Ida B. Wells Essay

711 words - 3 pages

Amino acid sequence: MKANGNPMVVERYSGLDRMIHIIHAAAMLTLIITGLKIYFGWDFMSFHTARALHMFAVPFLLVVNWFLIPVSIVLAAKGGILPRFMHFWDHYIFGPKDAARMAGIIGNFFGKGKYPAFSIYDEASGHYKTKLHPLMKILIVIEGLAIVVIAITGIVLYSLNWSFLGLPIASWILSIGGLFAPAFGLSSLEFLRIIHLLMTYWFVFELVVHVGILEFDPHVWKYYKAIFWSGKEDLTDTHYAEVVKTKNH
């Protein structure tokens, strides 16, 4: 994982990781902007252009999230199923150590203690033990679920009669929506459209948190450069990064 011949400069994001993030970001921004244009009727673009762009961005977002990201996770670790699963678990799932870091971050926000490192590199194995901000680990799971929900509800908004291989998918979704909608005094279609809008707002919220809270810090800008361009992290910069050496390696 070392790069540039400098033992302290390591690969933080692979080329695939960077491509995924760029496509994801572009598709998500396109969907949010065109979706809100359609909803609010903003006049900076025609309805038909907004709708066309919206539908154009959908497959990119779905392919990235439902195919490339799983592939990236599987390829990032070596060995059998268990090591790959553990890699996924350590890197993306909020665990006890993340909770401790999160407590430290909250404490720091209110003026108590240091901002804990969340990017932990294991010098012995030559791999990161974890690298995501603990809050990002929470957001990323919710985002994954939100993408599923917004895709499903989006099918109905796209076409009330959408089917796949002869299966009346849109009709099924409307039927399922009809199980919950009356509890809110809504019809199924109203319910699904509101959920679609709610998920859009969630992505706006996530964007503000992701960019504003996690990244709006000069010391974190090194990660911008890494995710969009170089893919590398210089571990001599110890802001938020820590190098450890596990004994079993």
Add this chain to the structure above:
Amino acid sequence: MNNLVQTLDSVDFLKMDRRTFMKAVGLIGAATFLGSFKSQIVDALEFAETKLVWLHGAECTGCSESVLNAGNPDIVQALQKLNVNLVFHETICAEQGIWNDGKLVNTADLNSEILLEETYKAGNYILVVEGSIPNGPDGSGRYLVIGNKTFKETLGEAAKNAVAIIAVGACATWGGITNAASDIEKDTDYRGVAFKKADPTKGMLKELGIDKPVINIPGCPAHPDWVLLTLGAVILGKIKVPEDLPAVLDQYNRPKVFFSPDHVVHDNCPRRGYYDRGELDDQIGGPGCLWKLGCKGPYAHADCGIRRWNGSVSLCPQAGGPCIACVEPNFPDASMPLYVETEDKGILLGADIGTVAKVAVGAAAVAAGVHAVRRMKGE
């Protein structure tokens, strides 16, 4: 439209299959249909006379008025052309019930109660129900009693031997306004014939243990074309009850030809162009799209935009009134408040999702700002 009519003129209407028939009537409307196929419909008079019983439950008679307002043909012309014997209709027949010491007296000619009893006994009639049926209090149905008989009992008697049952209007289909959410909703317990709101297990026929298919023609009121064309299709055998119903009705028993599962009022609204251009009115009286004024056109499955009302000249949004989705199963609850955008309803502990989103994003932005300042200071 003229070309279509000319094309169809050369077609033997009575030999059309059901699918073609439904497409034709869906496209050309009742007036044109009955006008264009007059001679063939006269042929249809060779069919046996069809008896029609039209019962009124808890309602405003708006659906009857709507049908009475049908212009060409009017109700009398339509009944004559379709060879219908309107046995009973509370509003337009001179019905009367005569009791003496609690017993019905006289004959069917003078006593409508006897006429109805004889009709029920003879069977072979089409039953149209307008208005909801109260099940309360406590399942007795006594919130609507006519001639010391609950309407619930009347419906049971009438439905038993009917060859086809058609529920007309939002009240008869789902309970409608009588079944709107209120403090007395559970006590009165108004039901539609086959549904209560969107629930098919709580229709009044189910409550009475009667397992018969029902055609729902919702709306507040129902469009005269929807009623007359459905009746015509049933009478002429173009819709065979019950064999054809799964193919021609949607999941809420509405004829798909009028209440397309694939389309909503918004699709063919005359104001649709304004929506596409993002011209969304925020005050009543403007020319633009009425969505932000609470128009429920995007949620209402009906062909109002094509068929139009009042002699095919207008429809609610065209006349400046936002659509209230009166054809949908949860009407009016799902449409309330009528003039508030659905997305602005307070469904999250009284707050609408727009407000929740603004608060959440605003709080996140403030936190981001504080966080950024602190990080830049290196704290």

The Success of Ida B. Wells "One had better die fighting against injustice than die like a dog or a rat in a trap." - Ida B. WellsIda B. Wells was an important figure in Black American History. She was born a slave in Mississippi in 1862.Wells was able to gain an education and, later, became a journalist for various Negro papers. Through her writing, she was able to attack issues dealing with discrimination against African-American people. Ida B. Wells became an international activist for African-American rights when she informed the English people about lynching in America. She became a well-known lecturer, activist, and organizer in American and in England. Wells established the Negro Fellowship League, the Ida B. Wells Women's Club, the National Association of Colored Women and was extremely involved in other organizations for African-American advancement.There were a few advantageous elements that helped Wells' success in her activist efforts. One being that gender relations, of that time, were honorable within the African-American community. Another advantage for Ida B.2 Wells was her biological sex. Ida B. Wells fought hard in her effort to secure America as a safe environment for Blacks, but she managed to accomplish a remarkable amount of her efforts due to various gender and sex related assets which were in her favor.One advantage Ida B. Wells was fortunate to claim was that gender relations in the Black community were very favorable. Due to the strenuous labor male and female African-Americans had to endure during slavery, neither sex proclaimed its opposite inferior and, therefore, Ida B.Wells was able to make huge leaps within the African-American community. For instance, Wells was able to become an outstanding journalist, become editor and co-owner of a Black newspaper, and Black men did not object to her leadership in these occupations. Black men respected and honored her work in the advancement of African-Americans, instead of envying a woman for accomplishing these essential tasks before a male exhibited her achievements. Black men, unlike Whites of the time, were able to see past Wells' sex and support the...

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